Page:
Richard Florida
by Richard Florida
Thu May 5th 2011 at 10:15am UTC

Building America’s Third Great Job Machine

My oped in today’s Financial Times makes a case for a radical approach to solving America’s jobs problem—upgrading low wage service jobs.  Here’s a longer, original version of that piece, including the critical chart (immediately below) compiled by my colleagues at the Martin Prosperity Institute.  The chart tracks the rise and fall of four broad classes of work – agricultural work (farm), industrial work (manuf), knowledge-based and creative work (CC), and routine low-wage service work (LWS) – from 1800 through 2009.

As the American economy has evolved and transformed, the nature of its great job machine has also shifted. Understanding these historical changes can help us better understand the broad sources of employment growth and what we need to do to revamp America’s stalled job machine today.

The first American job machine was organized around farms and agricultural employment. More than four in ten Americans worked on farms in 1800. Another 20 percent or so worked in manufacturing.

The second great American job machine took hold during the mid-19th century, propelled by the surge in manufacturing.  By late in the century, some 60 percent of the workforce had been absorbed in industrial jobs while agricultural work dropped to roughly ten percent of employment. Industrial and blue-collar manufacturing jobs would power America’s economic and employment growth for the better part of the next century, until roughly1950. But for most of those years, it was low-wage, long-day, dirty and dangerous work—it wasn’t until the Great Depression, the New Deal, and post WW II prosperity that blue-collar jobs became good, family supporting jobs.

America – along with the rest of the advanced nations – is now in the early throes of a third great economic transformation and a third great job machine.  Against the backdrop of a massive decline in once high-paying blue collar manufacturing jobs which is eerily similar to the decline of agricultural jobs a century or so ago, this third transformation is creating not one overall, but two distinct categories of jobs and employment.

The first category includes millions of the best jobs America has ever seen: high-pay, high-skill jobs in knowledge-based professional and creative fields. Almost a third of American workers now have these kinds of jobs, which pay more than double most manufacturing jobs and which have been rather impervious to unemployment. When unemployment among production workers climbed to more than 15 percent and surged above 20 percent for construction workers, unemployment among professional, technical and creative workers never got much above five percent.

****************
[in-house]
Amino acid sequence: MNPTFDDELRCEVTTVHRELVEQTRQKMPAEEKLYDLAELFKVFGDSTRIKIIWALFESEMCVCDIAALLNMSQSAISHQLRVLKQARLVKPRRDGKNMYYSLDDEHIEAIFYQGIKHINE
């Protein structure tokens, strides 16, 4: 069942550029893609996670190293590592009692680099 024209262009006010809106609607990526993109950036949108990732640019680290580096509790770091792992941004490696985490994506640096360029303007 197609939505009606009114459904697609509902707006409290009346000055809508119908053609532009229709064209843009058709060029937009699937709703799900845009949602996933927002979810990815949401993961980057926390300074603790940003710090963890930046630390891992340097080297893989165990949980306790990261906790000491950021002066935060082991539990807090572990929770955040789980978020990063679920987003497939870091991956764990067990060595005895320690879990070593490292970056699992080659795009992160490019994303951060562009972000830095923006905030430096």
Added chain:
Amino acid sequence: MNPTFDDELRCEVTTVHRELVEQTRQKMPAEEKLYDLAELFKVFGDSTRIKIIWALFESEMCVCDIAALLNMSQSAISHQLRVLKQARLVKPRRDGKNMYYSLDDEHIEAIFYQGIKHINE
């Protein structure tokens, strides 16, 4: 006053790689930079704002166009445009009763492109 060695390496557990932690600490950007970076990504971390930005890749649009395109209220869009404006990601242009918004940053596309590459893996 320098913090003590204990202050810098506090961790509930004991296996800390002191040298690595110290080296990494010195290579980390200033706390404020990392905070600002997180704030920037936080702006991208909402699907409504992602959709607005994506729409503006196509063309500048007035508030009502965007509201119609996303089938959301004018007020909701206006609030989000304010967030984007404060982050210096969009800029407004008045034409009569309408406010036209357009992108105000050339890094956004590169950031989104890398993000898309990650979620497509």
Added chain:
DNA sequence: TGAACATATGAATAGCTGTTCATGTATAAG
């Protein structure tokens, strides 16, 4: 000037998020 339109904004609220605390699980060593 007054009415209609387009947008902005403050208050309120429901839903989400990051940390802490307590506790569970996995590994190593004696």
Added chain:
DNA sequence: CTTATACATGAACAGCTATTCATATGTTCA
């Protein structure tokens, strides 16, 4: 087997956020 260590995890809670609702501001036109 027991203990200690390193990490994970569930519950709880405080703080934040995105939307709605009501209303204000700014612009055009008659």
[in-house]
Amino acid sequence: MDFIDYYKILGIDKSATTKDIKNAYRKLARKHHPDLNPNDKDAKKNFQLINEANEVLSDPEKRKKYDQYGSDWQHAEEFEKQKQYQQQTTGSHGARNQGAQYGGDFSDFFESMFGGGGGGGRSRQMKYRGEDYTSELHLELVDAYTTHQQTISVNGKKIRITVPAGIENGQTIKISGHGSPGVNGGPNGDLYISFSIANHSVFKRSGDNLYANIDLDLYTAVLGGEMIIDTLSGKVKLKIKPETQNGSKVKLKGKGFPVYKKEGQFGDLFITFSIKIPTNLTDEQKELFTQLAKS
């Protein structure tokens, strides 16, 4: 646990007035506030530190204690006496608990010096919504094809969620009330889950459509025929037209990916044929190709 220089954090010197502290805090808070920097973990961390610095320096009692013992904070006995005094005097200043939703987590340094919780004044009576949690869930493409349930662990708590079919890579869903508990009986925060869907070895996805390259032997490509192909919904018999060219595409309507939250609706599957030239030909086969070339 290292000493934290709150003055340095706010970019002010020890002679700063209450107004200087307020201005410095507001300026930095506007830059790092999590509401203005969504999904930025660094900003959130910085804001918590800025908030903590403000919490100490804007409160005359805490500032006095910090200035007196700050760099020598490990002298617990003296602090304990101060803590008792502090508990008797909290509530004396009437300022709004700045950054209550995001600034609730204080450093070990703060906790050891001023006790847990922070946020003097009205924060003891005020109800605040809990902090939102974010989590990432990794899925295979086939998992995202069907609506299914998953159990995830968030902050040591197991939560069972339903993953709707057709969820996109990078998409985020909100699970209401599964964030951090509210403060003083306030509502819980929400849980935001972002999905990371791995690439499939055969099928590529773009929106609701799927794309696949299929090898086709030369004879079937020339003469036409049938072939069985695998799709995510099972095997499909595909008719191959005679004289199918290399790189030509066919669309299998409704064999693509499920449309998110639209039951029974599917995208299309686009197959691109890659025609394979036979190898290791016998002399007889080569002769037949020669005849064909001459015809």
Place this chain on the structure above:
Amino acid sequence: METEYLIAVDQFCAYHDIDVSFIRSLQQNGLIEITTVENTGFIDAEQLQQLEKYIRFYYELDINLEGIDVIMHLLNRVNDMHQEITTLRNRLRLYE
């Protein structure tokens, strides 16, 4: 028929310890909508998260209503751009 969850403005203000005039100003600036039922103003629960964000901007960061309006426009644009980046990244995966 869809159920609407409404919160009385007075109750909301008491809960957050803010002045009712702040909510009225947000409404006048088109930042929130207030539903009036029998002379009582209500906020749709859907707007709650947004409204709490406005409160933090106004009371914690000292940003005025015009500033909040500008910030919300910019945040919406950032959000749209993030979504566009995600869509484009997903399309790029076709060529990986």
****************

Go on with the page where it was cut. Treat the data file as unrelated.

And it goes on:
But the second category, which comprises such routine service work as personal care assistants and home health care aids, retail sales clerks and food preparers—is not-so-good. In fact, the pay for these jobs is roughly half that of manufacturing jobs. The result is as simple as it is tragic: a startling bifurcation of the job market and an increasingly unequal and divided society. Once we see this, it becomes clear that neither of the two most commonly cited prescriptions—the counter-cyclical approach to job creation by boosting investment and demand, or the path of educating more people for higher-paying knowledge-based jobs – can work.

The numbers don’t add up. At best these strategies can take care of only about half to two-thirds of America’s jobs problem. The reality is that  more than 60 million people, or about 45 percent of the work-force, are already toiling in low-wage service jobs which will remain low wage jobs even if and when the economy expands. And it’s those very job categories that are growing the fastest —the US economy is expected to add another 7-10 million of them in the coming decade.

A successful jobs strategy must focus centrally on upgrading the content and improving the wages of this entire job category. That is what happened a century ago, when public policy shifted to protect workers’ rights, and line jobs in manufacturing, once considered dirty and dangerous and impossible to upgrade, became high-paid work.

One of the advantages of service work is that it’s not vulnerable to off-shoring or automation; we need human beings to care for our young children and our aging parents, to cut our hair and steam our lattes and maintain our houses. And then there’s this: service work and service workers are not just a necessary cost of doing business, part of the overhead, but a potential profit center. Service workers can produce real value and there’s no reason that they can’t have real careers.

A month or so ago, I met with Zappos CEO Tony Hsieh and his top executives and toured Zappos’ facilities outside of Las Vegas. Zappos not only pays its employees a living wage, more importantly it enables them to move up through the ranks of its internal career ladder. I met many workers who had done just that. Zappos views its workers as a source of innovation and its culture and community as a mechanism for delivering better service to customers. Now, Hsieh and his team are moving their headquarters to downtown Las Vegas where they are aiming to develop a mixed use neighborhood that will have more affordable housing options for its workers, strengthening community but also allowing their pay checks to stretch further.